Last week, Butterfly was fortunate to attend one of the most exclusive global conferences in the world, alongside Elon Musk, Uber CEO Travis Kalanick, LinkedIn Co-Founder Reid Hoffman and some 4,000 of the brightest and most influential leaders and policymakers from the public and private sectors.
It was a humbling experience, to say the least, but we were honored to be invited as thought leaders on the subject of happiness—a subject so important for the planners of the World Government Summit that they devoted an entire day in the schedule to it.
The Global Dialogue for Happiness brought together 300 minds to discuss the state of happiness across a range of topics, including how to facilitate workplace happiness, our realm of expertise as creators of a technology designed to train managers to build stronger, more engaged teams.
With optimism as the unifying thread of the WGS and dedicated Happiness Dialogue, here are eight pieces of wisdom from which all managers and HR teams can benefit.
Be brave in your willingness to hear tough feedback.
In one of the most anticipated talks of the event, an impassioned Elon Musk pondered what governments will do in the face of mass unemployment that will unfold in the future, and suggested that a universal basic income might be considered. When asked about his advice to future generations, Musk stressed the importance of candid feedback. Critical feedback is valuable, he said, especially when it comes from close friends.
Rethink your feedback loop.
On the subject of feedback, Thomas Koulopoulos, author of “The Gen Z Effect,” said that corporations should implement “reverse” mentoring in which younger employees become advisors to their more senior colleagues. He also suggested that companies employ short bursts of fast-feedback on a daily basis, rather than collecting their input over longer cycles.
Value failures for their educational upsides.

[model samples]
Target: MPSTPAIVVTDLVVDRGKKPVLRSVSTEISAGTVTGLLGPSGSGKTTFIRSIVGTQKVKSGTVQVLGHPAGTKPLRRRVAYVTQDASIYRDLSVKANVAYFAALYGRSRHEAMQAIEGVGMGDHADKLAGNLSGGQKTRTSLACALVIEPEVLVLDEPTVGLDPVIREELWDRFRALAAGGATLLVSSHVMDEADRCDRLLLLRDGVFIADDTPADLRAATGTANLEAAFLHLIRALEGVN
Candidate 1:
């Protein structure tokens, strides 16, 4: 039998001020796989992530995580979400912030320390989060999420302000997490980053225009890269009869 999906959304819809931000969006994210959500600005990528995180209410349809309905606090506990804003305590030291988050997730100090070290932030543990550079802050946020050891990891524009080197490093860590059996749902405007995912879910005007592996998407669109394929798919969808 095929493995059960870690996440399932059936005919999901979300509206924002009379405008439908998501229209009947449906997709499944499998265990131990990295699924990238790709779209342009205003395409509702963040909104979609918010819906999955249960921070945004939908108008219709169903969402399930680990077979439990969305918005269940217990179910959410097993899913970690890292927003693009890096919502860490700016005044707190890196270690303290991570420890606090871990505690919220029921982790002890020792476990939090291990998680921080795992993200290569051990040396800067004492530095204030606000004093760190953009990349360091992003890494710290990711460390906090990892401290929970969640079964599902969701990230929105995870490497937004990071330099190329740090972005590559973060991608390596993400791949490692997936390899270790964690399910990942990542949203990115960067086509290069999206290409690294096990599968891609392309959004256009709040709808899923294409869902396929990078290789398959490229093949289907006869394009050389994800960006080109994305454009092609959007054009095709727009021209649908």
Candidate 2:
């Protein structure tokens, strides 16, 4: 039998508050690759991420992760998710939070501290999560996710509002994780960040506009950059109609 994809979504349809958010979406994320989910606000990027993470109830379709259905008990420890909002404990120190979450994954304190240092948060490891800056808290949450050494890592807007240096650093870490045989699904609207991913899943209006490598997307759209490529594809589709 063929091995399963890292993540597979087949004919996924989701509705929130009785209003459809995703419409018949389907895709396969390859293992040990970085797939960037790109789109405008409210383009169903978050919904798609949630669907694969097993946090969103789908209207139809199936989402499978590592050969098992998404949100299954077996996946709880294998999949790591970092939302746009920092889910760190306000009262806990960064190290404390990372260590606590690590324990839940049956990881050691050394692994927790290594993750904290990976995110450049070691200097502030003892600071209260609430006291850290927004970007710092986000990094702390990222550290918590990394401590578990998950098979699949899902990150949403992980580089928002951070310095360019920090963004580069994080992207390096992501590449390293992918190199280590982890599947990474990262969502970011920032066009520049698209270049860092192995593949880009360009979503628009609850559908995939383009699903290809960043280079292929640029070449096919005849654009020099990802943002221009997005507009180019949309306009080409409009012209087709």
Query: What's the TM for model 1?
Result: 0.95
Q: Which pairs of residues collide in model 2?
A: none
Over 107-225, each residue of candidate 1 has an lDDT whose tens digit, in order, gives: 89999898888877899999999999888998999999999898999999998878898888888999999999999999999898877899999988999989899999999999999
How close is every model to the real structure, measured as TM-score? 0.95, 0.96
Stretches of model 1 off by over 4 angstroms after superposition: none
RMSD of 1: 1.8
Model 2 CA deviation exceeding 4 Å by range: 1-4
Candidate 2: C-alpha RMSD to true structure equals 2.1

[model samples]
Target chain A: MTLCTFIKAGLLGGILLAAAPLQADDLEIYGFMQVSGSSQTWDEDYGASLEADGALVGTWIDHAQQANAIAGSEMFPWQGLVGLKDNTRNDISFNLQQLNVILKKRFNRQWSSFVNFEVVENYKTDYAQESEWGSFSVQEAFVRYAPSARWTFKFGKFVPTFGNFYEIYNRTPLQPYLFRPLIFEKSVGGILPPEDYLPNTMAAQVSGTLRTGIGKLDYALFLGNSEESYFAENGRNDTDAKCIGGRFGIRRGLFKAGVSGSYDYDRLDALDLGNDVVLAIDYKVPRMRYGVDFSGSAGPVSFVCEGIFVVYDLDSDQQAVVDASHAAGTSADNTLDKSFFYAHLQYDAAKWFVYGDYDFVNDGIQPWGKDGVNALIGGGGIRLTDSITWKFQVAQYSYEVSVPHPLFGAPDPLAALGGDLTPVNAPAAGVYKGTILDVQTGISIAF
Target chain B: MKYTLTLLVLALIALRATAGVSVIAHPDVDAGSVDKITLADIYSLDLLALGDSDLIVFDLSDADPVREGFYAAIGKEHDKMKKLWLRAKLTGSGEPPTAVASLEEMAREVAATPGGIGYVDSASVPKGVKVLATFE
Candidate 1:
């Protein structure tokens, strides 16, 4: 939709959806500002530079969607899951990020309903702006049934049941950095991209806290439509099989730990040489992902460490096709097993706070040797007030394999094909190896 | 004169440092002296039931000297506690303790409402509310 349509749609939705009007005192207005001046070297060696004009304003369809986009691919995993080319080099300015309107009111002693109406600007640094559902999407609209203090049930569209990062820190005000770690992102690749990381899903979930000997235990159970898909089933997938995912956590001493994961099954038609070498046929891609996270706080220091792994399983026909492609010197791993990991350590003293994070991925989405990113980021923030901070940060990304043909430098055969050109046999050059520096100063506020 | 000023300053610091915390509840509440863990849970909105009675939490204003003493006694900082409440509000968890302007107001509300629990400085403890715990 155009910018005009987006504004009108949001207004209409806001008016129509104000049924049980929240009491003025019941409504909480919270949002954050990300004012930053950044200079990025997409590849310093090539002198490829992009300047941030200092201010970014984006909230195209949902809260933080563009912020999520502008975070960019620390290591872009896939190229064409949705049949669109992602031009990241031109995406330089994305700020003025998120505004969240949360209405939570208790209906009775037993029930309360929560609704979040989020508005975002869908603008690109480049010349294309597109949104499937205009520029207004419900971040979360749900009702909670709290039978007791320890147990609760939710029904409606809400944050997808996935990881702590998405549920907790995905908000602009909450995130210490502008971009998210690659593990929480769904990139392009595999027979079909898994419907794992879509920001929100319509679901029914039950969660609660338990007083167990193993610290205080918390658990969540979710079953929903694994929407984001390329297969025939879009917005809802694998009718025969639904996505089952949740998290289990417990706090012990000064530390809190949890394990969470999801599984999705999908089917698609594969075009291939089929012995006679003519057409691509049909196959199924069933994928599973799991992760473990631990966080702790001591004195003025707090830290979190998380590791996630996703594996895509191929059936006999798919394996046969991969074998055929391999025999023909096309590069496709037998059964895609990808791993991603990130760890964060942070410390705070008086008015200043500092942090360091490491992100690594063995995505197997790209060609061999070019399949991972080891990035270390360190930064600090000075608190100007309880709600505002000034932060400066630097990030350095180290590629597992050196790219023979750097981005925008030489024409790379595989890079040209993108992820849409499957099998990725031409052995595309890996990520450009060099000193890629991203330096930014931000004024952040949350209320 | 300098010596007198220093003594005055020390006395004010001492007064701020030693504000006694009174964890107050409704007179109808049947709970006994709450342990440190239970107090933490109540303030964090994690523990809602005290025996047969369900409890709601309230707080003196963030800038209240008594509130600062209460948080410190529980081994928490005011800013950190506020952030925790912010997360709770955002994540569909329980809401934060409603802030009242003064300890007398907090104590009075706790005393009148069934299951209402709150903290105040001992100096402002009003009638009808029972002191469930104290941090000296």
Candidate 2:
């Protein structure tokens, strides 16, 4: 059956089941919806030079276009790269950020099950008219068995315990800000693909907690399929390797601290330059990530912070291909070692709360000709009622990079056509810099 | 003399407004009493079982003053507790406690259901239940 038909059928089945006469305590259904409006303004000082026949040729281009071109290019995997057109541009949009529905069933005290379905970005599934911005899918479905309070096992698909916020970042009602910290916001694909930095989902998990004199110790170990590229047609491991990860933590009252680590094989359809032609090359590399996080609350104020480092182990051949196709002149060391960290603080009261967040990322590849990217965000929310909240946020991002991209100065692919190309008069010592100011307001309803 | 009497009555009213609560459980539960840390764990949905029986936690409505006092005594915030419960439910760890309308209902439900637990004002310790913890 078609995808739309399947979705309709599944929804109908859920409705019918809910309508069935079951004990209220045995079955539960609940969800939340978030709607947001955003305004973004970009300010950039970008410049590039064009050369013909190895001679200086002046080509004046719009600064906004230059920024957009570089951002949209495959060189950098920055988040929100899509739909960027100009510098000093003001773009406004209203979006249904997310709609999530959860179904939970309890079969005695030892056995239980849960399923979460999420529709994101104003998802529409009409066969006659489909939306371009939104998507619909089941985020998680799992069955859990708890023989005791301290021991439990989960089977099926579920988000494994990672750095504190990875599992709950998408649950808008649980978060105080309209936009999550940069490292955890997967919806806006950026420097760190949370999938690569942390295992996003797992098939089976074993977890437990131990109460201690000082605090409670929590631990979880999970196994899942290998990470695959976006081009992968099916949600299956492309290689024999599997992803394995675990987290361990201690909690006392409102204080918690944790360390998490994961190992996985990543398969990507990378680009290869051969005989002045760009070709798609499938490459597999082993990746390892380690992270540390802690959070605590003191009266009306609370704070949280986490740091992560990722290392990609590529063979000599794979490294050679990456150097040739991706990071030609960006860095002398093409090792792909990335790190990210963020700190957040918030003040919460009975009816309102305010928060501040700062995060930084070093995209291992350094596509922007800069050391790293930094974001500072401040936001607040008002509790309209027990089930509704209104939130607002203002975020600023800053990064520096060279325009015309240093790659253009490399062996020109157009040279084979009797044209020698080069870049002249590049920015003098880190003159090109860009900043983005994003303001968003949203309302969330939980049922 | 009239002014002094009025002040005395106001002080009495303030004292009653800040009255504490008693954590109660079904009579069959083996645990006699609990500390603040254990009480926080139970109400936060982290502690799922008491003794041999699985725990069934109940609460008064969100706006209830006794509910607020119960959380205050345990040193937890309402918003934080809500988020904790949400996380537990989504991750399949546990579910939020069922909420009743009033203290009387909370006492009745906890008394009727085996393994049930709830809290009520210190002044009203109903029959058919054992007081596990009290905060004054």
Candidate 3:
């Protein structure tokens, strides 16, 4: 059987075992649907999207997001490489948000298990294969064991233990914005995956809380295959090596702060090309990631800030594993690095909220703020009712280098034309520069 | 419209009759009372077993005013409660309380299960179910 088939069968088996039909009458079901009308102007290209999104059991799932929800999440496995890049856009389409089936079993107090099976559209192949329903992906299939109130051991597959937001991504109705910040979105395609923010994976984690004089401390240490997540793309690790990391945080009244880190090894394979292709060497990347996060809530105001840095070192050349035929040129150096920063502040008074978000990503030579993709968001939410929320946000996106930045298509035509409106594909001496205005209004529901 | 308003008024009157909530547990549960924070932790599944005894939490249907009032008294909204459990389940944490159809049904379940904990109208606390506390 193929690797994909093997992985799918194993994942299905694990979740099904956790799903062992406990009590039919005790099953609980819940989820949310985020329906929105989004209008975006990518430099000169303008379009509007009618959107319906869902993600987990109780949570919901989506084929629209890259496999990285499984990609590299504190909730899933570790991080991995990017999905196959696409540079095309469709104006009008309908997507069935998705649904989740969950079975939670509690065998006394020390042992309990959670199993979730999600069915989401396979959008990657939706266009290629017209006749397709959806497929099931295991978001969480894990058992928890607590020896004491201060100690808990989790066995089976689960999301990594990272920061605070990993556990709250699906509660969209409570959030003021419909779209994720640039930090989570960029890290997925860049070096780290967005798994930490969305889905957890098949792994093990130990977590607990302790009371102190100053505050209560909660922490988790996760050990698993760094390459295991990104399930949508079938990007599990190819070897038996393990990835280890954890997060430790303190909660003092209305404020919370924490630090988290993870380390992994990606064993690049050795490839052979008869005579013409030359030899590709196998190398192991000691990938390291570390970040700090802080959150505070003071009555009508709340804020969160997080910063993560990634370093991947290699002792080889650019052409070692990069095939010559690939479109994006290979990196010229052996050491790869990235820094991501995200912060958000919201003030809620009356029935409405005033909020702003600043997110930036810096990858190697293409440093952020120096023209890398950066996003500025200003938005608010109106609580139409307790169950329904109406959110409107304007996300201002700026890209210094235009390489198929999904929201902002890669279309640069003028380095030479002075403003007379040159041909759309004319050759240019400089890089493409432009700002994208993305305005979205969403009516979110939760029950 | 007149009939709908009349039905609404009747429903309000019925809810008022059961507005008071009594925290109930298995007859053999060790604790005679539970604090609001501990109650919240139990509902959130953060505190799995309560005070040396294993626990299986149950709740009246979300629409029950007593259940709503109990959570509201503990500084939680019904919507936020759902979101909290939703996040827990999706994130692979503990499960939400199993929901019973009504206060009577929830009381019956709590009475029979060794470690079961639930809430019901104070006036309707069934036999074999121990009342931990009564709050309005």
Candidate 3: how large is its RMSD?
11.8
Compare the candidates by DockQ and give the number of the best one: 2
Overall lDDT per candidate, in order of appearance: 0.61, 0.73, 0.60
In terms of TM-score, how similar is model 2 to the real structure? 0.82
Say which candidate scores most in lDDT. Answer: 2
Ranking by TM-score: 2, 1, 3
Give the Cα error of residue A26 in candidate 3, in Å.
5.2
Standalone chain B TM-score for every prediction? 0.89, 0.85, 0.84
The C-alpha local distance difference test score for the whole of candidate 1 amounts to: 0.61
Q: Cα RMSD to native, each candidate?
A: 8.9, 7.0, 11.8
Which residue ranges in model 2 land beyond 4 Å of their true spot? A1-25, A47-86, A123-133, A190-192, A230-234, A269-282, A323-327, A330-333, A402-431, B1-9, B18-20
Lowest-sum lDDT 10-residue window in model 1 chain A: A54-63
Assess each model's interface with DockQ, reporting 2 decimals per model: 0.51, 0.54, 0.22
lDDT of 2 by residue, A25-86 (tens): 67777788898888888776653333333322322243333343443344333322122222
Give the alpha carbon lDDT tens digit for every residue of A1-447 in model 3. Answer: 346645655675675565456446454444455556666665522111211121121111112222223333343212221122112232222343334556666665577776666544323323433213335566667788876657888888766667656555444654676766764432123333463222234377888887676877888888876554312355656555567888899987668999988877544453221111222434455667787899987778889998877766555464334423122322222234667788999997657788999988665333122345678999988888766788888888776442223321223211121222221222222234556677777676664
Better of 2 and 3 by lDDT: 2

Tech entrepreneur and LinkedIn Co-Founder Reid Hoffman said that while Silicon Valley “doesn’t celebrate” failures and missteps, entrepreneurs should see them as opportunities for growth. “Failure is an opportunity to learn,” he said.
Employ inclusivity as competitive advantage.
John Chambers, former CEO and Executive Chairman of Cisco Systems, noted that some Western nations have failed at leadership by not including their citizens and failing to rally diverse populations under a single vision. The same might be said of corporations. Chambers predicted that within a decade, 40 percent of enterprise companies will “disappear.”
Cherish your interpersonal relationships.
Dr. Robert Waldinger, a Harvard Medical School professor made famous for his TED talk entitled, “What Makes for a Good Life?”, said that people are more likely to compare our material goods with other people than we are to share our experiences, thus revealing a clear and widespread “lack of happiness.” He continued by arguing that the attention we give to other human beings is the single “greatest gift we have to offer one another today.”
Train around soft skills to improve “people development.”
At the Global Dialogue for Happiness, we participated in a roundtable on the subject of organizational happiness. During our conversation with policymakers and business minds from the private sector, participants discussed the need to include “softer sciences,” like psychology and organizational behavior, in training curriculums to prepare incoming generations for the jobs of the future.
Improve education to fuel happier, higher-performing communities.
The physician and anthropologist Jim Yong King urged policymakers in attendance to adapt their education systems with more urgency to address 21st century skill gaps. When it comes to education, he said, there is no time to waste. If the private sector is the engine of growth and the government is the driver, then education should be viewed as the fuel that feeds the engine.
Finally, there’s no time like the present.
We’ve all heard countless business aphorisms to the degree of “Done is better than perfect” or “Speed kills.” Slovenian Prime Minister Miro Cerar built on these ideas, stating that “the best time to plant a tree was 20 years ago–and the second best is now.”
With research indicating that only 13 percent of U.S. employees are engaged at work and growing concerns around the impact of job automation on our future economies, the business world’s notion of “happiness” must shift from an idealistic objective to a measurable tactic for retaining and developing talent while driving business impact.